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Does standing or sitting position of the anesthesiologist in the operating theatre influence sevoflurane exposure during craniotomies?

Overview of attention for article published in BMC Anesthesiology, December 2016
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Title
Does standing or sitting position of the anesthesiologist in the operating theatre influence sevoflurane exposure during craniotomies?
Published in
BMC Anesthesiology, December 2016
DOI 10.1186/s12871-016-0284-0
Pubmed ID
Authors

Péter Sárkány, Béla Tankó, Éva Simon, Judit Gál, Béla Fülesdi, Csilla Molnár

Abstract

Exposure of the OR staff to inhalational anesthetics has been proven by numerous investigators, but its potential adverse effect under the present technical circumstances is a debated issue. The aim of the present work was to test whether using a laminar flow air conditioning system exposure of the team to anesthetic gases is different if the anesthetist works in the sitting as compared to the standing position. Sample collectors were placed at the side of the patient and were fixed at two different heights: at 100 cm (modelling sitting position) and 175 cm (modelling standing position), whereas the third collector was placed at the independent corner of the OR. Collected amount of sevoflurane was determined by an independent chemist using gas chromatography. At the height of the sitting position the captured amount of sevoflurane was somewhat higher (median and IQR: 0.55; 0.29-1.73 ppm) than that at the height of standing (0.37; 0.15-0.79 ppm), but this difference did not reach the level of statistical significance. A significantly lower sevoflurane concentration was measured at the indifferent corner of the OR (0.14; 0.058-0.36 ppm, p < 0.001). Open isolation along with the air flow due to the laminar system does not result in higher anesthetic exposure for the sitting anesthetist positioned to the side of the patient. Evaporated amount of sevoflurane is below the accepted threshold limits in both positions.

Twitter Demographics

The data shown below were collected from the profile of 1 tweeter who shared this research output. Click here to find out more about how the information was compiled.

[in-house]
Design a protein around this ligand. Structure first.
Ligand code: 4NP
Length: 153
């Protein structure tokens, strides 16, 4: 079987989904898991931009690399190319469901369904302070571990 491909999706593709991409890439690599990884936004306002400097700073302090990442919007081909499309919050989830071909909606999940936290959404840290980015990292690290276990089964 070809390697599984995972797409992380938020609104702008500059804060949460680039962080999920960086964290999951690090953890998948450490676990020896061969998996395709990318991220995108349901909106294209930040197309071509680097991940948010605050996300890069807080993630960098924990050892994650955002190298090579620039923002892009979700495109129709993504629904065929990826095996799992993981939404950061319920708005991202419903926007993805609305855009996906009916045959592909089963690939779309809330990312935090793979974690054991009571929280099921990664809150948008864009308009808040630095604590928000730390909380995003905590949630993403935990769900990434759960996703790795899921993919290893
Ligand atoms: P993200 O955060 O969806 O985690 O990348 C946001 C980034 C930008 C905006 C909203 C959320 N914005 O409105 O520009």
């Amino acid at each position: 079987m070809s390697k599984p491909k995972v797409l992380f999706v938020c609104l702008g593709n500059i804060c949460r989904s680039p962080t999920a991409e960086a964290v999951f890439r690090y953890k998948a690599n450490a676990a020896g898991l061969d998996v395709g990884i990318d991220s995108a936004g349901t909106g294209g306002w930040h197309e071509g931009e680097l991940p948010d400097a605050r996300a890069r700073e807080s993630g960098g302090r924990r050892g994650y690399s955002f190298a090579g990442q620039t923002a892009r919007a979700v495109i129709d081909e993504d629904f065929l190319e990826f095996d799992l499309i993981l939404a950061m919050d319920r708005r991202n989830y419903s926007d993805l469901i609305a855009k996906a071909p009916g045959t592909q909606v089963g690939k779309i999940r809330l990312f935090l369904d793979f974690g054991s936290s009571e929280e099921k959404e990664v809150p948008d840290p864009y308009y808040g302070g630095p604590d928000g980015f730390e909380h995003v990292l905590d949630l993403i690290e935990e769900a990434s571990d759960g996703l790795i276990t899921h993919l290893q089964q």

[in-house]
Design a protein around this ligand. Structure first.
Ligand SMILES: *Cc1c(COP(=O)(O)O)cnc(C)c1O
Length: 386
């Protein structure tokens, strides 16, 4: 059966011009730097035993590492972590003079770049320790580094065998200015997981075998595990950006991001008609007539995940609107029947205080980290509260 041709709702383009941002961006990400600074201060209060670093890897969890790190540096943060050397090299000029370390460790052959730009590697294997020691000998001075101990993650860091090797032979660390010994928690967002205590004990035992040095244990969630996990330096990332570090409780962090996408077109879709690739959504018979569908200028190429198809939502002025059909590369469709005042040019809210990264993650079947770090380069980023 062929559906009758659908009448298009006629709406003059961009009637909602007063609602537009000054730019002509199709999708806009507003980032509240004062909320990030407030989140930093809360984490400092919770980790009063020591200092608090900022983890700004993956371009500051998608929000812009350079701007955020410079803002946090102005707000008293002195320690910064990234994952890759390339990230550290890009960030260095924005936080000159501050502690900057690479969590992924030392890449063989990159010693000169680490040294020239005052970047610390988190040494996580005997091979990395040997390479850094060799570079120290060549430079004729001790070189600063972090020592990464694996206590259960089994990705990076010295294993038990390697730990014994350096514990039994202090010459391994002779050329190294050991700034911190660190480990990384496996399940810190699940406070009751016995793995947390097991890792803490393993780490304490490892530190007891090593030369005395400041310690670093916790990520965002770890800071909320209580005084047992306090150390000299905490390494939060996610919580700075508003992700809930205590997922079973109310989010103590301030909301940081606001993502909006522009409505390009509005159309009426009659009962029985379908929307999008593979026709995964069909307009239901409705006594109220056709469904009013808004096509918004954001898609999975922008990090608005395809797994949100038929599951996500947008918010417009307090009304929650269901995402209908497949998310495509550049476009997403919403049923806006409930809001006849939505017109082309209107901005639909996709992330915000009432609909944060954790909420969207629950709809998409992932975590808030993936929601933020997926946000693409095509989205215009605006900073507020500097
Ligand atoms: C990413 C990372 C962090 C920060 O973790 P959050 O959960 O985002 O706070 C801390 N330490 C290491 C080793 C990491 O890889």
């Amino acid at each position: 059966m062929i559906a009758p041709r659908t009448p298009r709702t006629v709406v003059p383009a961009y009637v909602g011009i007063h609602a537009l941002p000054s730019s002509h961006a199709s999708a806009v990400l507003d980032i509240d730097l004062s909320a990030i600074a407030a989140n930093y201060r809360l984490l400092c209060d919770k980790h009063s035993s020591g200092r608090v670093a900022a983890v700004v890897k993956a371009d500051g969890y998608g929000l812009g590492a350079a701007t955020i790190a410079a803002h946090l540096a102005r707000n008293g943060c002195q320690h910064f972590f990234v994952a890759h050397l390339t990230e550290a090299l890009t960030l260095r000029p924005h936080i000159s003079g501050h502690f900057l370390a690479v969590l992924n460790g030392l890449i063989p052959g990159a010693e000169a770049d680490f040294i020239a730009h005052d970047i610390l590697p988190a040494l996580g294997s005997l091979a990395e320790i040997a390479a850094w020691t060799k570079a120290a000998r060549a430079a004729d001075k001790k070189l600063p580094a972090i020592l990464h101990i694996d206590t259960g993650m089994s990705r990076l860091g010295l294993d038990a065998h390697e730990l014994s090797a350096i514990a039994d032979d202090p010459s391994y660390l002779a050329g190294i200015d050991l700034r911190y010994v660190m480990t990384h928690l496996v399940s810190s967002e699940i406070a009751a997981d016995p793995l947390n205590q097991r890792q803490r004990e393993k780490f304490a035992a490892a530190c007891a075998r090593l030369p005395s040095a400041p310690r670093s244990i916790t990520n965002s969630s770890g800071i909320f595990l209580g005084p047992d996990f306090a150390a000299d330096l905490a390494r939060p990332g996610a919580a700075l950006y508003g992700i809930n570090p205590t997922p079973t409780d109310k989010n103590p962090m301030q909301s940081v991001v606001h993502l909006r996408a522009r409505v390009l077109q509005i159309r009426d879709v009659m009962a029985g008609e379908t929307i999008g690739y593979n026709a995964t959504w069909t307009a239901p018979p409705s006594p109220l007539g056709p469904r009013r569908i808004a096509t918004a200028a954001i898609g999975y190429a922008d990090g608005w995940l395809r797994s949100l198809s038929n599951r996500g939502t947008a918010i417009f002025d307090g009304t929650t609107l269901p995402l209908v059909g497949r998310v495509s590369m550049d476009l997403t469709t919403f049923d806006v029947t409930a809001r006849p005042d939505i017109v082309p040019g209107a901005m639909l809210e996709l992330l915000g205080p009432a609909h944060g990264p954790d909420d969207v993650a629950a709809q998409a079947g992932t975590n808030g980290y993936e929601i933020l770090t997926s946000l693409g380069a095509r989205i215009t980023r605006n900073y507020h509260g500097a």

Mendeley readers

The data shown below were compiled from readership statistics for 20 Mendeley readers of this research output. Click here to see the associated Mendeley record.

Geographical breakdown

Country Count As %
Unknown 20 100%

Demographic breakdown

Readers by professional status Count As %
Student > Bachelor 4 20%
Researcher 3 15%
Other 2 10%
Professor 2 10%
Student > Master 2 10%
Other 5 25%
Unknown 2 10%
Readers by discipline Count As %
Medicine and Dentistry 8 40%
Chemistry 2 10%
Nursing and Health Professions 1 5%
Agricultural and Biological Sciences 1 5%
Psychology 1 5%
Other 5 25%
Unknown 2 10%

Attention Score in Context

This research output has an Altmetric Attention Score of 1. This is our high-level measure of the quality and quantity of online attention that it has received. This Attention Score, as well as the ranking and number of research outputs shown below, was calculated when the research output was last mentioned on 02 December 2016.
All research outputs
#13,799,492
of 15,640,884 outputs
Outputs from BMC Anesthesiology
#805
of 1,012 outputs
Outputs of similar age
#321,513
of 388,868 outputs
Outputs of similar age from BMC Anesthesiology
#17
of 22 outputs
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We're also able to compare this research output to 22 others from the same source and published within six weeks on either side of this one. This one is in the 1st percentile – i.e., 1% of its contemporaries scored the same or lower than it.